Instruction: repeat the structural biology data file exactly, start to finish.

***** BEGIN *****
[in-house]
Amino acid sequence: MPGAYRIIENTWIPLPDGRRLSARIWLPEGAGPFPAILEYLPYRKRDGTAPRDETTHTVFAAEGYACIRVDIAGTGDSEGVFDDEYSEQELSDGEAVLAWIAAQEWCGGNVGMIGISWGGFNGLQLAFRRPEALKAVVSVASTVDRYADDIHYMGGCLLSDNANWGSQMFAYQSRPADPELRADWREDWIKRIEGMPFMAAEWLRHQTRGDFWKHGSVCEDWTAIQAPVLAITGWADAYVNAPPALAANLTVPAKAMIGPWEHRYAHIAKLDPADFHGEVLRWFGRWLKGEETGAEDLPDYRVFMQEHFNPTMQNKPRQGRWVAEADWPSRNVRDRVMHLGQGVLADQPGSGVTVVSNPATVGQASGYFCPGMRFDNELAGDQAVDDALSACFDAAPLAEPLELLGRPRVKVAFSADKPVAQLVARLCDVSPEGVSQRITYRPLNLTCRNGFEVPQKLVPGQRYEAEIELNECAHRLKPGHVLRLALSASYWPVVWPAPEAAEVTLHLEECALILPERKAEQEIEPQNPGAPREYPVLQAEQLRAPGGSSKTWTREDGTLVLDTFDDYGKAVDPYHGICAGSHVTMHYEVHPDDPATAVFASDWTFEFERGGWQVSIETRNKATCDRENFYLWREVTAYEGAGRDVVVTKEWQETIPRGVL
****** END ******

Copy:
[in-house]
Amino acid sequence: MPGAYRIIENTWIPLPDGRRLSARIWLPEGAGPFPAILEYLPYRKRDGTAPRDETTHTVFAAEGYACIRVDIAGTGDSEGVFDDEYSEQELSDGEAVLAWIAAQEWCGGNVGMIGISWGGFNGLQLAFRRPEALKAVVSVASTVDRYADDIHYMGGCLLSDNANWGSQMFAYQSRPADPELRADWREDWIKRIEGMPFMAAEWLRHQTRGDFWKHGSVCEDWTAIQAPVLAITGWADAYVNAPPALAANLTVPAKAMIGPWEHRYAHIAKLDPADFHGEVLRWFGRWLKGEETGAEDLPDYRVFMQEHFNPTMQNKPRQGRWVAEADWPSRNVRDRVMHLGQGVLADQPGSGVTVVSNPATVGQASGYFCPGMRFDNELAGDQAVDDALSACFDAAPLAEPLELLGRPRVKVAFSADKPVAQLVARLCDVSPEGVSQRITYRPLNLTCRNGFEVPQKLVPGQRYEAEIELNECAHRLKPGHVLRLALSASYWPVVWPAPEAAEVTLHLEECALILPERKAEQEIEPQNPGAPREYPVLQAEQLRAPGGSSKTWTREDGTLVLDTFDDYGKAVDPYHGICAGSHVTMHYEVHPDDPATAVFASDWTFEFERGGWQVSIETRNKATCDRENFYLWREVTAYEGAGRDVVVTKEWQETIPRGVL